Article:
Apparently, today is Ferris Bueller’s Actual Day Off, or at least the best approximation. There’s no set date but research was done that June 5 as the most likely day that Ferris Bueller (Matthew Broderick, The Producers, Wonder Park) took off back in the 80s, and it seems a good time to actually celebrate this day in honor of all the kids who didn’t get to skip school in 2020 because school was skipped for them.

Ferris Bueller is the most popular kid in school, and he’s decided to take a day off of school by faking sick. His best friend, Cameron (Alan Ruck, Twister, TV’s Succession), is out of class today as well because he can’t find a reason to get out of bed. Ferris convinces his buddy to partake in a day’s adventure in Chicago alongside Ferris’s girlfriend Sloane (Mia Sara, Timecop, Daughter of Darkness), all the while evading his parents and school principal Ed Rooney, who has a vendetta against Bueller.

Ferris Bueller’s Day Off has a mood all its own, and there are elements of it in other John Hughes (Planes, Trains & Automobiles, The Breakfast Club), it stands all on its own. With the inclusion of Yello’s “Oh Yeah,” a song that wasn’t in the pop culture landscape before its release, this film is every high school student’s dream movie. I saw it for the first time as a child, and I said to myself, “That’s going to be me one day.” Long story short, it wasn’t. More often than not, I was Cameron. There were moments of Ferris, but I leaned into Cameron too.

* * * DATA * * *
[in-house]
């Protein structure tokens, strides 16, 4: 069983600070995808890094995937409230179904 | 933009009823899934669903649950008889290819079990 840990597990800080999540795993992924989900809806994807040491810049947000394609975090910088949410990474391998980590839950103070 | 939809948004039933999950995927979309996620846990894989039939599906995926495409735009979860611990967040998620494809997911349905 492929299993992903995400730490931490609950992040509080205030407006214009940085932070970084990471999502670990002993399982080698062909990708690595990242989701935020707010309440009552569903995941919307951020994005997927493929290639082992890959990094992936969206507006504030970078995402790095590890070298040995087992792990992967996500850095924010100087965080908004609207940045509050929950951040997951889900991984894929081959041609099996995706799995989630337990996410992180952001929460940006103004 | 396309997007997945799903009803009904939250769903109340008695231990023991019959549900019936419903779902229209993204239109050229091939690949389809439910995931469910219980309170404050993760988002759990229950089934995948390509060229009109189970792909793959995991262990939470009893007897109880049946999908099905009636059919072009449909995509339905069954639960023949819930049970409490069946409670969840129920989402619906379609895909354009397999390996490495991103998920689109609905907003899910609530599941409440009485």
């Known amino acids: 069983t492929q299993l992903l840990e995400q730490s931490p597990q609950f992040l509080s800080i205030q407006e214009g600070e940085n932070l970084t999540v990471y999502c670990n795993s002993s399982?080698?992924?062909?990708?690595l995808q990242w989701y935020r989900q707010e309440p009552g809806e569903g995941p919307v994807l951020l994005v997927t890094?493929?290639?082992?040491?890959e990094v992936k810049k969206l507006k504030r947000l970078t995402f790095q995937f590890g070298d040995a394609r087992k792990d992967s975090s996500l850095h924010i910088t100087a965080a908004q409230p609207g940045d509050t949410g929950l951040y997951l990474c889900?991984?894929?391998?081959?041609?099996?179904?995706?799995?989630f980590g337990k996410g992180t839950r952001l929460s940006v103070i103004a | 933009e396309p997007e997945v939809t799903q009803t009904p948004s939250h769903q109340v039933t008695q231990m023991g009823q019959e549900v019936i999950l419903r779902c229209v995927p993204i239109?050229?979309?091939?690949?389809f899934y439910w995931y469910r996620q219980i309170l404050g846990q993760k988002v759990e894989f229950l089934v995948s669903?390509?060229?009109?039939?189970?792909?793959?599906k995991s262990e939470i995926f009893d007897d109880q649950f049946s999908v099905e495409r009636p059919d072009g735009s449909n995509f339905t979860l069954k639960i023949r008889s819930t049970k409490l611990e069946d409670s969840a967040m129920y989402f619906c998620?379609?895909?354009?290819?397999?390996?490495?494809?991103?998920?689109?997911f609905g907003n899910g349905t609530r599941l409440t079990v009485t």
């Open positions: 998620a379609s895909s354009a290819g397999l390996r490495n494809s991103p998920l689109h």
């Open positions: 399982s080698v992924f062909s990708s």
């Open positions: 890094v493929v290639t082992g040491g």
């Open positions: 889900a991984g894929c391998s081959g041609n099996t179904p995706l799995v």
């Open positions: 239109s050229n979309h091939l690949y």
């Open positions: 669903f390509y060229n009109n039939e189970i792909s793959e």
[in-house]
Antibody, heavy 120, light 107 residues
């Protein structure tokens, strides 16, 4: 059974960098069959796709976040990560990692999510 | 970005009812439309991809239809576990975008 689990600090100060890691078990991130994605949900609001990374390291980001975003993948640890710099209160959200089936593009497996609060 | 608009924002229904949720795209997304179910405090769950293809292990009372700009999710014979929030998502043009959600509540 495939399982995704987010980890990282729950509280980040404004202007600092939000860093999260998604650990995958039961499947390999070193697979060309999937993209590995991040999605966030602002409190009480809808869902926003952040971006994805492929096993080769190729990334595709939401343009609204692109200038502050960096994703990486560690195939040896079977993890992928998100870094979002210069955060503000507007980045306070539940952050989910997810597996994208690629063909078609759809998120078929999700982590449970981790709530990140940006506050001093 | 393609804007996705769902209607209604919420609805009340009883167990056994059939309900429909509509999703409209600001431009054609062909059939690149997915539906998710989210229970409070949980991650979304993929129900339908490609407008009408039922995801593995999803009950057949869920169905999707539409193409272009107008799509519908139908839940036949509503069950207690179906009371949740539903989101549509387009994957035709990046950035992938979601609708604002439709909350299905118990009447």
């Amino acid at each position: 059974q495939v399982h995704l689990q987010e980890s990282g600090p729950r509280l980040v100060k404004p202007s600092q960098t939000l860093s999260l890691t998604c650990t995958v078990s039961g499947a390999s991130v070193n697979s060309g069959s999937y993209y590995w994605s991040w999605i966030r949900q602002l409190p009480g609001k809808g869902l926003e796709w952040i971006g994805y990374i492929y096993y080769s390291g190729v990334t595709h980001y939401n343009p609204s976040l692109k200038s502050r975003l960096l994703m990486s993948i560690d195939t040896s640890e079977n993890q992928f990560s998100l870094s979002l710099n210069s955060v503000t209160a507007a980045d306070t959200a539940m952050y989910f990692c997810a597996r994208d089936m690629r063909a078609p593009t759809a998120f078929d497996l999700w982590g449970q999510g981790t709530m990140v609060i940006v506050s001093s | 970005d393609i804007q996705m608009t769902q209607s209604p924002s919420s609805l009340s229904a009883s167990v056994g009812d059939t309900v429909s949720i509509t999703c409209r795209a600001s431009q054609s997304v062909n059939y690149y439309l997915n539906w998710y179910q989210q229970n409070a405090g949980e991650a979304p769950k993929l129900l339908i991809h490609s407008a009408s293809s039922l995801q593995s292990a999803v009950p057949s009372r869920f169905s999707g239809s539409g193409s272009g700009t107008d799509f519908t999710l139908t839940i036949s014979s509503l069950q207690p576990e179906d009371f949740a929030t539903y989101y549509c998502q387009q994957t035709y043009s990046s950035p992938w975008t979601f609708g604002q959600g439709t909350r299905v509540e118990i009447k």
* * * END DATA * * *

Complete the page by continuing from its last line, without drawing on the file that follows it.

That’s what is so great about the characters in this film. At times, we are all a Ferris and we are all a Cameron. Broderick finds a way to make a wildly unrealistic character like Ferris into an incredibly relatable idol. He’s a guy who has an answer for every situation, but he also finds himself taking advantage of those around him that doesn’t always have solid consequences. When he confronts some of his own faults later in the film, and he finds that his skills don’t always work, he has to let go of his ego…slightly.

Cameron is another character that, while relatable, could have been very annoying. Cameron is the kind of character that isn’t always easy to translate, but having suffered with confidence and self-worth in the past, his arc works quite well. He’s struggling the whole film with trying to find his worth and trying to connect with a distant parent, and all of Ferris’s pokes and prods are unable to empower him. Cameron’s strength needs to come from within, but he is unable to bring it forth.